What might the parable of the good Samaritan look like today? Below is a modernization of the biblical Parable Jesus told in Luke 10:25-37.
The small car sat at the light, its driver's eyes fixed on the red beacon, willing it to turn green. The sun was fading into darkness reminding him that he was in the wrong part of town. Wrong neighborhood, wrong place, wrong people. The shadows from the buildings stretched toward him with long thin fingers as if they were grasping for him. He shook off the image, laughing nervously to himself. He glanced, for the hundredth time, at the gas gage hovering dangerously below the E mark. His eyes darted back to the traffic light, willing it once again to change. Finally, it blinked to green and the driver, relieved, hit the gas. The little car responded with a shudder, betraying it's owner, it sputtered then died. Uttering a soft expletive, the man tried to restart the engine but it remained stubbornly unresponsive. Once again, the man looked outside and in the growing dark, he saw movement and the last thing he remembered was red hot pain in his head as the glass flew and hands grabbed for him.
The man lay quite still in the growing darkness. A local priest was hurrying home. He hesitated when he saw the body of the wounded man on the ground. His eyes shifted apprehensively to the darkened alleys. He looked back at the man on the ground and his heart hardened. Probably some drunk, he thought with disgust, fanning the flames of his ambivalence. He imagined he could smell the alcohol and with one last shake of his head, and an emboldened sense of his own self-importance, moved off into the darkness. A pastor from several blocks away was hurrying home from choir practice. A line from a hymn played itself over and over in his head, "Jesus paid it all, all to Him I owe," he sang the words tunelessly under his breath. Something caught his eye as he was passing and he suddenly realized it was the body of a man. The pastor quickly moved the other side of the street, unwilling to get involved in gang wars. The man was probably dead anyway he mused. "Jesus paid it all, all to him I owe..."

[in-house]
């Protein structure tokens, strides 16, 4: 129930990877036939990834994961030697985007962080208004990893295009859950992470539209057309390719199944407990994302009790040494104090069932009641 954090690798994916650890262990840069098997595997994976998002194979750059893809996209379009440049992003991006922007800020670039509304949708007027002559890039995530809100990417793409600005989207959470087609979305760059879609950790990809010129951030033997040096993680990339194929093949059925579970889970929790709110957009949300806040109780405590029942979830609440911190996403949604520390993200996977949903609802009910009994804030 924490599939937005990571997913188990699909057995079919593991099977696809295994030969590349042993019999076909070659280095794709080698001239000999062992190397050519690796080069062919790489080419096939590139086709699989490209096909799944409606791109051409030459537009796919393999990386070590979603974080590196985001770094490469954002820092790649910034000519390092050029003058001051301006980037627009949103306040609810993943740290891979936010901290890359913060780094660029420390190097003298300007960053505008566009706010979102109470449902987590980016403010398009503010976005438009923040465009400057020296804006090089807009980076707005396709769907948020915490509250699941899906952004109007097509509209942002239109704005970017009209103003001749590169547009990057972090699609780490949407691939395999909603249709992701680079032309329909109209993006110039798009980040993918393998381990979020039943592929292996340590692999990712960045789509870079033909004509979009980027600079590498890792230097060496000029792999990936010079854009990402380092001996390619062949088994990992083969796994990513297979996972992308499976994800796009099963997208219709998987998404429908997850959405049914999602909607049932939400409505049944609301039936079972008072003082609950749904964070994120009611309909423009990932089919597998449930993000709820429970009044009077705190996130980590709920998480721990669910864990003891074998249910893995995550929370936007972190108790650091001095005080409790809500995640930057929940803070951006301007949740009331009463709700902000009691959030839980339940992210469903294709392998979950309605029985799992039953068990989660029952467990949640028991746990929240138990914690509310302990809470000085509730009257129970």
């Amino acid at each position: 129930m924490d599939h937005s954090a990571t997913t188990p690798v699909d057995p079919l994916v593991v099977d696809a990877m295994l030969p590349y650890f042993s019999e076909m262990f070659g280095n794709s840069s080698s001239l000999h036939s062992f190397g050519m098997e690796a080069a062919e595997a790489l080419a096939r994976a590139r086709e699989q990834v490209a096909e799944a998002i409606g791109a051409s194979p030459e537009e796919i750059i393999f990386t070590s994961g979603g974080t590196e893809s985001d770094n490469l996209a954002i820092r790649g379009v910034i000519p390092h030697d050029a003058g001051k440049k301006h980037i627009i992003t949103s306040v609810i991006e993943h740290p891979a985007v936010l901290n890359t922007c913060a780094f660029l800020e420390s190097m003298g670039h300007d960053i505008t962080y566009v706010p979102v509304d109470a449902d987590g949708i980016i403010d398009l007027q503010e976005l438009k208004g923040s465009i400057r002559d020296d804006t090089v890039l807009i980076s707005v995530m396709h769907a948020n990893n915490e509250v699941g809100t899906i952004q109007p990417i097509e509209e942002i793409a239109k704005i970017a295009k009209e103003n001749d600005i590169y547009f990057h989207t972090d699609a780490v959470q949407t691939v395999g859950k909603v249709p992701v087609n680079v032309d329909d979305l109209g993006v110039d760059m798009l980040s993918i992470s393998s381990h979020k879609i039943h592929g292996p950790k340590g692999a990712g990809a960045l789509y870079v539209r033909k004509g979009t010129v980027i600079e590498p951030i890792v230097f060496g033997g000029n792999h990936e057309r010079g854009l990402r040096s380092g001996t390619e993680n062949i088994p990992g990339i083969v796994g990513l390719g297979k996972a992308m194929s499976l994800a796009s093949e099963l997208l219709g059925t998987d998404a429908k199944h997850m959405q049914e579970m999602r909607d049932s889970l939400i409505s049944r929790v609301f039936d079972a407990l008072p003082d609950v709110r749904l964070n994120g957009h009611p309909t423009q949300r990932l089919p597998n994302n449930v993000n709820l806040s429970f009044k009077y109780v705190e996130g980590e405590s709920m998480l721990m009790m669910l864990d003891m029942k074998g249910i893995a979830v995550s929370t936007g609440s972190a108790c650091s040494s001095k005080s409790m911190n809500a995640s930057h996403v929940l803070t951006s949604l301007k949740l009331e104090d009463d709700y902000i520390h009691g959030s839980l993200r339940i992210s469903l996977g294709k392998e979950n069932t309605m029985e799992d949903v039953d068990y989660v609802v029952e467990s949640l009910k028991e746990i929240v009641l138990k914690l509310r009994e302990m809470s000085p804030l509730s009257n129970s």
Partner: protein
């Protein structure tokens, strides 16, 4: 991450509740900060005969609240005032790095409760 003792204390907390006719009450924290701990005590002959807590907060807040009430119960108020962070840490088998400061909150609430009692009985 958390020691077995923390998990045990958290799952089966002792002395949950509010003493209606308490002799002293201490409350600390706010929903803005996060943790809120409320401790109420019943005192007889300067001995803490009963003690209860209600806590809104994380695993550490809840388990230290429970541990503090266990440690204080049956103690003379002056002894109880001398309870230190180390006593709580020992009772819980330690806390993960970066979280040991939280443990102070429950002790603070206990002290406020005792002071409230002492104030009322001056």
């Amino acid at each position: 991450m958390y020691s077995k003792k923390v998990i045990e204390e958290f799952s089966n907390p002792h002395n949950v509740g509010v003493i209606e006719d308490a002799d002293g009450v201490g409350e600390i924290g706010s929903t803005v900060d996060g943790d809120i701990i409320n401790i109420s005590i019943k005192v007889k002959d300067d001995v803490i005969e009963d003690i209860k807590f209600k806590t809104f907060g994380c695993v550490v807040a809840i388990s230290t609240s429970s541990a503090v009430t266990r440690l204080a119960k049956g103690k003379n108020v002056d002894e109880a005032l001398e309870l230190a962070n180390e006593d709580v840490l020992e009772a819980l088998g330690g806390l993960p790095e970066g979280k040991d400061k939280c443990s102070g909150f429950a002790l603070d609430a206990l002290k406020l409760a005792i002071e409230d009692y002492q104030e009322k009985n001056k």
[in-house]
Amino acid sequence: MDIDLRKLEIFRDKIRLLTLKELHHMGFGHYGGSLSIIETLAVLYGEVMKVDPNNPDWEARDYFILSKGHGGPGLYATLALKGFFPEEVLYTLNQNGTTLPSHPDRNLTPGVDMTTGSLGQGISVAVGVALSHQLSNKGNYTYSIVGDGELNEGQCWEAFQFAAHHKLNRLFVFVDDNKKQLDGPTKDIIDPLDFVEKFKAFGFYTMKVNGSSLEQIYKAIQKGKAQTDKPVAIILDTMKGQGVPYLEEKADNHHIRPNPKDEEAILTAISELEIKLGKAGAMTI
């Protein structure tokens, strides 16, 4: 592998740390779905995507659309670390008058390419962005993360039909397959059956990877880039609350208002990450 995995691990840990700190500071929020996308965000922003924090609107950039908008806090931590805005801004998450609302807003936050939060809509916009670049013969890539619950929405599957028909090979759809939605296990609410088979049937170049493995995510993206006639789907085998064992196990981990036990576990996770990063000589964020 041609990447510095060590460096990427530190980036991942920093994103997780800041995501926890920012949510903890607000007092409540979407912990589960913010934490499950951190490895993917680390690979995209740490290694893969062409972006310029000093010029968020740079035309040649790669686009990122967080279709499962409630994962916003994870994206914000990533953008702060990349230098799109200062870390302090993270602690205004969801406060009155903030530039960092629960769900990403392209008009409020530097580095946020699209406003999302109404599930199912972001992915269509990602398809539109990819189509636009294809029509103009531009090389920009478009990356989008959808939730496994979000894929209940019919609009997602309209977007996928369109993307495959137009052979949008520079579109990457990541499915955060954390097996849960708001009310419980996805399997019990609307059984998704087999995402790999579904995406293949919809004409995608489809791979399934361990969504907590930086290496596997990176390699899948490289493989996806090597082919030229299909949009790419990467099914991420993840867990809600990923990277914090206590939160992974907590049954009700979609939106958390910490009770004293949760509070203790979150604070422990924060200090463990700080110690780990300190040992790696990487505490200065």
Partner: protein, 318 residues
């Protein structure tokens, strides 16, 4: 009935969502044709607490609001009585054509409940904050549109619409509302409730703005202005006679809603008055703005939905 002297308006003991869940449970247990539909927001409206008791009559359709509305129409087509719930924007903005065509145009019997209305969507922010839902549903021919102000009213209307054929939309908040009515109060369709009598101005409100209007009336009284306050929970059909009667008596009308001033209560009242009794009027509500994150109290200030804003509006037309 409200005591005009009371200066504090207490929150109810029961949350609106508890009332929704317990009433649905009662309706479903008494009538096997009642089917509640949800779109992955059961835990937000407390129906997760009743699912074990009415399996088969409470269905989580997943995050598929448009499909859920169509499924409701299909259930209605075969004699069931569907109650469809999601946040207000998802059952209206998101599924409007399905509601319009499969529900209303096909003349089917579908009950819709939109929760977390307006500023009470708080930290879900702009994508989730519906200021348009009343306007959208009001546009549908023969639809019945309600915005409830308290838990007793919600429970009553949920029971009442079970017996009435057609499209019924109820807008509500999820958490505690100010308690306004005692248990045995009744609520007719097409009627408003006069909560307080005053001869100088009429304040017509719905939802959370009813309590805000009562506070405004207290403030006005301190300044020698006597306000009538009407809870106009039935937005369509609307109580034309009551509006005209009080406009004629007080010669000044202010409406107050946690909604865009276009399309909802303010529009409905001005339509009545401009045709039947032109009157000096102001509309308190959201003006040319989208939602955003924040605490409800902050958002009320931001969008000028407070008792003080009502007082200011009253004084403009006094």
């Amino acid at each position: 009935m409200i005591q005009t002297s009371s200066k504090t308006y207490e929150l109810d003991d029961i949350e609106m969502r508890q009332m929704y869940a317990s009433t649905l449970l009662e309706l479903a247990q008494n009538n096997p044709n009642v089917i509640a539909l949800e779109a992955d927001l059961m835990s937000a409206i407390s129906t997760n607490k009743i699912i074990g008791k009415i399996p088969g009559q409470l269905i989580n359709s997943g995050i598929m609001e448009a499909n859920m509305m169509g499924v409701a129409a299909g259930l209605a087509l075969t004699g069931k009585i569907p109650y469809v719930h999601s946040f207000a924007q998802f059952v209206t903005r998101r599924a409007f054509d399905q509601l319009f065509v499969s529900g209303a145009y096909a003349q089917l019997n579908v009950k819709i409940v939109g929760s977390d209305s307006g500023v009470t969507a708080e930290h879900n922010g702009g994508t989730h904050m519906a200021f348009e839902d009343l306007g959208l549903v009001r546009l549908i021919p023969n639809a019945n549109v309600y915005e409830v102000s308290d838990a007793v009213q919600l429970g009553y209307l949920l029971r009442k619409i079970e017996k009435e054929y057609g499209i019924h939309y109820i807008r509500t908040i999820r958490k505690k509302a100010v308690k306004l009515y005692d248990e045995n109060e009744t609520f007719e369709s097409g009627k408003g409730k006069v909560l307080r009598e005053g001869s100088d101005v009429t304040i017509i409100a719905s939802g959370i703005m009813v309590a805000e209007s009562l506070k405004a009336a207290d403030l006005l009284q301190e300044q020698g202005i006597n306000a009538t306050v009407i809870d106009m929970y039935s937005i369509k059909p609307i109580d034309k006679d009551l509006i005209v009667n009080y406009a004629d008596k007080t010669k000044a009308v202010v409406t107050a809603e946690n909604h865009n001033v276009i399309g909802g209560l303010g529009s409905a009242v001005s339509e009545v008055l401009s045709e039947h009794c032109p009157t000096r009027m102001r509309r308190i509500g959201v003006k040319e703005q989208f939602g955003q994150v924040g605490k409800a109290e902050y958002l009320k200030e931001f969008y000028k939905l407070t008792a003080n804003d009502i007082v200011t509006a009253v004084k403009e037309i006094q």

Darkness crept with greater urgency now as the sun slipped below the horizon. One last man walked by. He was from the neighborhood. He had grown up on these streets. The gangs called him Chap, short for chaplain. They didn't exactly accept his faith but they did accept him. He was part of them, part of the neighborhood, the place, and the people. Without warning Chap came upon the bloodied body of a man. He was not from the neighborhood, he noted right away. Still, it was wrong to leave him. Chap's heart filled with compassion and he grabbed up the man and put him in his car. It wasn't far to the emergency room from here. Chap saw to it that the man was taken care of, his wounds dressed and his bill paid. He said to the nursing staff, "I will be back." They knew Chap well, they knew he would do just that.
Jesus invited each of us into a life of ministry to others. So many times, we look the other way or decide life is too busy or too hard to get involved. But Jesus teaches that we are called to live for him. It might not be as dramatic as someone injured on the side of the road. Perhaps inviting someone to dinner or reaching out to encourage someone who is having a difficult time is your good Samaritan moment. Take some time to pray for opportunities and for a heart to recognize them when they come.